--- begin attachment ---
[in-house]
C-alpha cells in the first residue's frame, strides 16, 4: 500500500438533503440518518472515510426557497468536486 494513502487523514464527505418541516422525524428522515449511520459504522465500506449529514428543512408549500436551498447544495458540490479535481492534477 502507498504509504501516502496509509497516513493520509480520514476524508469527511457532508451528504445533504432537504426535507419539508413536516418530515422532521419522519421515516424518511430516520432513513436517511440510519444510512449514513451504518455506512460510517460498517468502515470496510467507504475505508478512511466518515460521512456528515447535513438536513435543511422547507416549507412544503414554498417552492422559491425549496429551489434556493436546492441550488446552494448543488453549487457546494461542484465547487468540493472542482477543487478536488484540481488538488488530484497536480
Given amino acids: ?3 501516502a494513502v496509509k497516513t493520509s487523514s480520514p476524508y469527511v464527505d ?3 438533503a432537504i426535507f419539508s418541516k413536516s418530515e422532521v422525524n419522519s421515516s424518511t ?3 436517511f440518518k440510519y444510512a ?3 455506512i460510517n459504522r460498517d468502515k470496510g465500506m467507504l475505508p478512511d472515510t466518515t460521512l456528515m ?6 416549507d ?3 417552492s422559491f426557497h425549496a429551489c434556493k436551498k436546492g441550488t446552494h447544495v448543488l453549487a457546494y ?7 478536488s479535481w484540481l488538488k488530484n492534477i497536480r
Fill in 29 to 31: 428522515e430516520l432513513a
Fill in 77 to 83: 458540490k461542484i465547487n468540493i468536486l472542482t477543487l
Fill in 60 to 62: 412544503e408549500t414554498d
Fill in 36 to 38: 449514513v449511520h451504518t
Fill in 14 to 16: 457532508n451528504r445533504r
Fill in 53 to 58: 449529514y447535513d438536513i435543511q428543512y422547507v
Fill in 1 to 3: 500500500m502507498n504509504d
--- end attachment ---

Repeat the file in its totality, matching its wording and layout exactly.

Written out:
[in-house]
C-alpha cells in the first residue's frame, strides 16, 4: 500500500438533503440518518472515510426557497468536486 494513502487523514464527505418541516422525524428522515449511520459504522465500506449529514428543512408549500436551498447544495458540490479535481492534477 502507498504509504501516502496509509497516513493520509480520514476524508469527511457532508451528504445533504432537504426535507419539508413536516418530515422532521419522519421515516424518511430516520432513513436517511440510519444510512449514513451504518455506512460510517460498517468502515470496510467507504475505508478512511466518515460521512456528515447535513438536513435543511422547507416549507412544503414554498417552492422559491425549496429551489434556493436546492441550488446552494448543488453549487457546494461542484465547487468540493472542482477543487478536488484540481488538488488530484497536480
Given amino acids: ?3 501516502a494513502v496509509k497516513t493520509s487523514s480520514p476524508y469527511v464527505d ?3 438533503a432537504i426535507f419539508s418541516k413536516s418530515e422532521v422525524n419522519s421515516s424518511t ?3 436517511f440518518k440510519y444510512a ?3 455506512i460510517n459504522r460498517d468502515k470496510g465500506m467507504l475505508p478512511d472515510t466518515t460521512l456528515m ?6 416549507d ?3 417552492s422559491f426557497h425549496a429551489c434556493k436551498k436546492g441550488t446552494h447544495v448543488l453549487a457546494y ?7 478536488s479535481w484540481l488538488k488530484n492534477i497536480r
Fill in 29 to 31: 428522515e430516520l432513513a
Fill in 77 to 83: 458540490k461542484i465547487n468540493i468536486l472542482t477543487l
Fill in 60 to 62: 412544503e408549500t414554498d
Fill in 36 to 38: 449514513v449511520h451504518t
Fill in 14 to 16: 457532508n451528504r445533504r
Fill in 53 to 58: 449529514y447535513d438536513i435543511q428543512y422547507v
Fill in 1 to 3: 500500500m502507498n504509504d